Darusentan Data Encouraging But "Very, Very Early"

June 16, 2009

June 16, 2009 (Milan, Italy) — Results of a phase 3 trial with darusentan (Gilead Sciences, Foster City, CA) in patients with resistant hypertension were reported during a late-breaking trials session at the European Meeting on Hypertension 2009 this weekend [1]. Presenting the findings, Dr Lars Lindholm (Umea University, Sweden) said they were encouraging but stressed, "These are very, very early data."

Lindholm said, "It was very nice to be able to show there was an effect on systolic BP as well as diastolic BP" with darusentan, adding that the drug enabled many patients to attain their treatment goals. But he pointed out an "interesting" placebo effect: almost a quarter of the patients on placebo in the trial who had resistant hypertension and were on "so-called optimum treatment" had reductions in both systolic and diastolic blood pressure. Also, he acknowledged there were adverse events with the drug, in particular edema, which could prove problematic.

One of the chairs of the late-breaking session, Dr Michael H Alderman (Albert Einstein College of Medicine, Bronx, NY), commented to heartwire that the darusentan data are "certainly interesting--these are patients whose blood pressure is not easy to control, so new and better therapies to achieve that goal would be desirable. But this is a preliminary study, and I wonder how significant [the BP-lowering] effect was after one corrects for the fall in BP achieved among subjects given placebo. The second thing is the fluid retention . . . and as I recall there were a few cases of heart failure. It's early days, but I certainly think it justifies more work."

Darusentan Groups Achieved Significant Reductions in BP

The new data--from the DAR-311 (also known as DORADO) study--were first reported by Gilead Sciences in a press release in April; they were also presented at the American Society of Hypertension meeting last month, as well as by Lindholm at the European meeting.

DAR-311 examined the safety, efficacy, and tolerability of darusentan, an endothelin antagonist, as an add-on treatment for resistant hypertension--defined as the failure to achieve blood-pressure goals while adhering to full doses of an appropriate three-drug antihypertensive regimen that included a diuretic. In the double-blind, placebo-controlled, parallel-group international trial, 379 patients with resistant hypertension received a once-daily dose of darusentan 50 mg (n=81), 100 mg (n=81), or 300 mg (n=85) or placebo (n=132) for 14 weeks in addition to their existing drug regimen.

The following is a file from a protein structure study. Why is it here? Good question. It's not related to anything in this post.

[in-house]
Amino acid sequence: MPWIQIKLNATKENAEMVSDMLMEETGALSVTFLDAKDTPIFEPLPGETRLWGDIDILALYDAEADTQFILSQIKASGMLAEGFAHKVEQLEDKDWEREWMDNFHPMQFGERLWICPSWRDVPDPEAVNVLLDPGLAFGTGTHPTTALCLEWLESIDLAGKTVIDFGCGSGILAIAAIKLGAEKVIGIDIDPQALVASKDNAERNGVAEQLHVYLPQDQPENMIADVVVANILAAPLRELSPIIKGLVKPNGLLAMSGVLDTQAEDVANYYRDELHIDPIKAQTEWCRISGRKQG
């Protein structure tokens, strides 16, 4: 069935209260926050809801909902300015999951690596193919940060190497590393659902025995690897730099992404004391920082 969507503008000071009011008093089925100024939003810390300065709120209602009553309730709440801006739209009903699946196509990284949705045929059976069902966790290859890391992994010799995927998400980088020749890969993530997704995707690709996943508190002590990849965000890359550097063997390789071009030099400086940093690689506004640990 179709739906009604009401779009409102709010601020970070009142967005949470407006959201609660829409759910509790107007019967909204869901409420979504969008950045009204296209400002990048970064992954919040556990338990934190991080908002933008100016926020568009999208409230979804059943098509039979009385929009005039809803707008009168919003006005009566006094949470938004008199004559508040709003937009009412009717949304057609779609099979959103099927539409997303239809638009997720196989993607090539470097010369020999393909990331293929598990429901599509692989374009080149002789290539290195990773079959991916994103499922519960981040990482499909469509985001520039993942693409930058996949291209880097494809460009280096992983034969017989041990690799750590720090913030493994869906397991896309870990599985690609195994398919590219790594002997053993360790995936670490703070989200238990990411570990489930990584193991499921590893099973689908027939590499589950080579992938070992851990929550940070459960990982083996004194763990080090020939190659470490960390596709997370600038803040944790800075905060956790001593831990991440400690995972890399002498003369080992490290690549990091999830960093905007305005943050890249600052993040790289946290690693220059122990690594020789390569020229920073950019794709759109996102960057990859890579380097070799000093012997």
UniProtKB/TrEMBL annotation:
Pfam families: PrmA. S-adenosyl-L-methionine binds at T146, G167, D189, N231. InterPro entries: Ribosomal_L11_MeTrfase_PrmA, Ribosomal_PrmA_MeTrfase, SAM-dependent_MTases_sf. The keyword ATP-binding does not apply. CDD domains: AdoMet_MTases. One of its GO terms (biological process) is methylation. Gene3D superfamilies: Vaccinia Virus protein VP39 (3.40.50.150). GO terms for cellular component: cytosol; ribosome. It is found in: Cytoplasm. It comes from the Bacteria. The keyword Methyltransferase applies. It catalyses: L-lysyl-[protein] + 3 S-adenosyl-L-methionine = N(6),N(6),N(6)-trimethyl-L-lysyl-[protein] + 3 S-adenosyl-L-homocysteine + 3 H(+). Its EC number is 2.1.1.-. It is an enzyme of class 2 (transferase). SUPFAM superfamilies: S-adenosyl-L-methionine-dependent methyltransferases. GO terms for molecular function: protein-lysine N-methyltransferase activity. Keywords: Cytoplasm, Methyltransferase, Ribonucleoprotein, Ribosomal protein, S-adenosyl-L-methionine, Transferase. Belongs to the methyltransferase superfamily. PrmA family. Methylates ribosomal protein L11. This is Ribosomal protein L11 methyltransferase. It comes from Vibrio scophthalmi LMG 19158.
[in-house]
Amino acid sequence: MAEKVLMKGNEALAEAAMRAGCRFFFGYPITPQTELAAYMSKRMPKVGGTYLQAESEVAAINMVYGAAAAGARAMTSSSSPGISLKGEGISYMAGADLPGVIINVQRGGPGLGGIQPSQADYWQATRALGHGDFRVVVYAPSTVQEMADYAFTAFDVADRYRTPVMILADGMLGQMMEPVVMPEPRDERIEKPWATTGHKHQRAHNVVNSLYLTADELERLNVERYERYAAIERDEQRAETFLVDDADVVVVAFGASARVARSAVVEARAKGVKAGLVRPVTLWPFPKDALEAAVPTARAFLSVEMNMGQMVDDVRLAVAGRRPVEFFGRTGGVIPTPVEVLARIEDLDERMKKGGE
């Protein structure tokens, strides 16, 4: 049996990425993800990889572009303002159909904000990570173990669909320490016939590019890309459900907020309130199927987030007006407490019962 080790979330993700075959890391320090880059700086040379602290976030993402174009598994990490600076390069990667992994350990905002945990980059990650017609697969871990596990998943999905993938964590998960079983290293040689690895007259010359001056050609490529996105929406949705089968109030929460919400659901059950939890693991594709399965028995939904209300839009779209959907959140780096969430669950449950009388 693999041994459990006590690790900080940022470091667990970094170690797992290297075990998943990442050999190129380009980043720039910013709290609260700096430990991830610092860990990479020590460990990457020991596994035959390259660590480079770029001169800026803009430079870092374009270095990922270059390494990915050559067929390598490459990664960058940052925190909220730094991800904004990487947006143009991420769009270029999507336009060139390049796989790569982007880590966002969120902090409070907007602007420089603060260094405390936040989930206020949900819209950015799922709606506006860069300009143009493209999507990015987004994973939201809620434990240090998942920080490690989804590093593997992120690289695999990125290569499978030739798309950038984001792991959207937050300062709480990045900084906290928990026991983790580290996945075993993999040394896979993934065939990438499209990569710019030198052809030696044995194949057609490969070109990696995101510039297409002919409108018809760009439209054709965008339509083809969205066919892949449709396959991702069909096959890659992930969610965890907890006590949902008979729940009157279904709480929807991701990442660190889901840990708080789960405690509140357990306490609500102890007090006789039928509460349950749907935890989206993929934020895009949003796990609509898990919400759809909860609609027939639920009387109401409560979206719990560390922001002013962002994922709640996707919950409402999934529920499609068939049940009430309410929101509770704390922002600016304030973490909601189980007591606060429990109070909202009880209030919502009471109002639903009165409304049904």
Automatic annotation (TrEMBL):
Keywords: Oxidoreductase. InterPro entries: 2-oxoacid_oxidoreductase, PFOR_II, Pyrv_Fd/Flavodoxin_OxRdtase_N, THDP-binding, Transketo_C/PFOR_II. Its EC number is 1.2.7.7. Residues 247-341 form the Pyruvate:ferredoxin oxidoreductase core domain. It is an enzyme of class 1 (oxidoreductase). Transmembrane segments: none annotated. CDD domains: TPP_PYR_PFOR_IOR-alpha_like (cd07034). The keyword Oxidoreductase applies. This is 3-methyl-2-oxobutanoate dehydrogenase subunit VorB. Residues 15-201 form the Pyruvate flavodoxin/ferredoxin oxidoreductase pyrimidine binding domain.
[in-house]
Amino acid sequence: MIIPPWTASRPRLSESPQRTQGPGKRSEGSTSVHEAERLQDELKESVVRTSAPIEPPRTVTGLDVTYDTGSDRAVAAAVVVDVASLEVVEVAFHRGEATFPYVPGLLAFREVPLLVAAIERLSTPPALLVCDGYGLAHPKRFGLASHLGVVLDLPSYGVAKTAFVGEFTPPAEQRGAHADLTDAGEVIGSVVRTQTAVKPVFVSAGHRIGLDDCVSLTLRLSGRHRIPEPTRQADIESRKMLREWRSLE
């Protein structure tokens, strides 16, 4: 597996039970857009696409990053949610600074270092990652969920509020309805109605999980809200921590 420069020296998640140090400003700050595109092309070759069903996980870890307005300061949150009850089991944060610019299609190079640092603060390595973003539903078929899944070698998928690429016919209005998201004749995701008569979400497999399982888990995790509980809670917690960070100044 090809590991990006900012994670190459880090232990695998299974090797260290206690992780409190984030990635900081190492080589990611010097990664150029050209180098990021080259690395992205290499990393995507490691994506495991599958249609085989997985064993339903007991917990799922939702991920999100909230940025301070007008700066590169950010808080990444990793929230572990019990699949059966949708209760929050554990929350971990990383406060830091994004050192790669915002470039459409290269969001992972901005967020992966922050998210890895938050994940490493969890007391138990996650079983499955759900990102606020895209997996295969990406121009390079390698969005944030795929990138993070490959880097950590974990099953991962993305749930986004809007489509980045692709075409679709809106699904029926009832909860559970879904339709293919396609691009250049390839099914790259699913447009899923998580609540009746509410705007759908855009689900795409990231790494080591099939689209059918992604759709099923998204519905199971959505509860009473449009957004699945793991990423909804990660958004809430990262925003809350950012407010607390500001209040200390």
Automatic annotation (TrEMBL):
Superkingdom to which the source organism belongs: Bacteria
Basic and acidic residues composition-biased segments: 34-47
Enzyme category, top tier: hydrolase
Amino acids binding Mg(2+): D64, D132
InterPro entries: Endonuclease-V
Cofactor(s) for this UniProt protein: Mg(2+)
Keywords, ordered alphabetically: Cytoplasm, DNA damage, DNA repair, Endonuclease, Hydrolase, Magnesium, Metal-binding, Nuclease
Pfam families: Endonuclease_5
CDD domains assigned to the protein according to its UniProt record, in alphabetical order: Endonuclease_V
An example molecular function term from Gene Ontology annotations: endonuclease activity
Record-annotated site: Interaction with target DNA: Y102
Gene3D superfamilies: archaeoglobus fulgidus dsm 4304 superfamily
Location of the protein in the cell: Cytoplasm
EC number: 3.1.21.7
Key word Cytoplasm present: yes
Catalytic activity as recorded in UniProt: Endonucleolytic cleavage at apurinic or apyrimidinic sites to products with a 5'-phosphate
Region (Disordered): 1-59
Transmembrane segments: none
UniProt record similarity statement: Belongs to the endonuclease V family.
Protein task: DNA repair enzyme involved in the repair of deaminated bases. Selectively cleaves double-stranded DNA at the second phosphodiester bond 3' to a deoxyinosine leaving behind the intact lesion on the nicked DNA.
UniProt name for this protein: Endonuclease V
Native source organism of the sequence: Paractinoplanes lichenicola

The trial met its co-primary efficacy end points of change from baseline to week 14 in trough sitting systolic blood pressure (SBP) and trough sitting diastolic blood pressure (DBP), with results being significant for all darusentan doses, even after adjustment for the reductions in BP seen in the placebo group (p<0.001). A higher proportion of darusentan-treated patients achieved SBP goals by week 14 than placebo patients (53.1%, 53.1%, and 48.2% for the 50-mg, 100-mg and 300-mg doses compared with 27.3% for placebo).

Lindholm noted that there did not appear to be a dose-response effect with darusentan; "they seem to get almost [all the benefits] with a 50-mg dose," he noted.

Reductions in SBP, DBP With Placebo and All Darusentan Doses After 14 Weeks of Treatment

Patient group Reduction in SBP, mm Hg Reduction in DBP, mm Hg
Placebo -8.6 -5.3
DAR 50 mg -16.5 -10.1
DAR 100 mg -18.1 -9.9
DAR 300 mg -18.1 -10.1

Would a Reduction in Dose Solve the Edema Problem?

The most common treatment-emergent adverse events were peripheral edema and fluid retention, which were reported in around a third of patients taking all doses of darusentan. No one in the placebo group discontinued treatment due to edema, compared with 1.2%, 4.9%, and 5.9% of those in the three darusentan groups, respectively.

Another side effect seen with darusentan was anemia, although this did not appear to be a major problem, said Lindholm, adding that "we showed the data to hematologists, and they said it was nothing to be concerned about." Liver-function test results were also comparable across the groups, "nothing much to write home about," he said.

One cardiac death occurred in a patient on placebo. There were cardiovascular events in five patients taking darusentan: two had MIs (with a prior history of CAD), one had recurrence of congestive heart failure (CHF) present at baseline, and two developed CHF with preserved ejection fractions that responded well to loop diuretics, said Lindholm.

In answer to a question at the end of the session as to whether doses of darusentan lower than 50 mg might still reduce blood pressure but with lower incidences of edema, he said this was quite possibly the case.

It was shown in early work that 50 mg was better than 10 mg, he said, "but between 10 mg and 50 mg, we don't know; 25 mg might have done the trick. This is what it's like when you are early out."

In a second phase 3 study, DAR-312, around 770 patients are being randomized to darusentan (titrated to the optimal dose of 50, 100, or 300 mg once daily), an active comparator (guanfacine 1 mg once daily), or placebo for 14 weeks, with the same co-primary end points as DAR-311.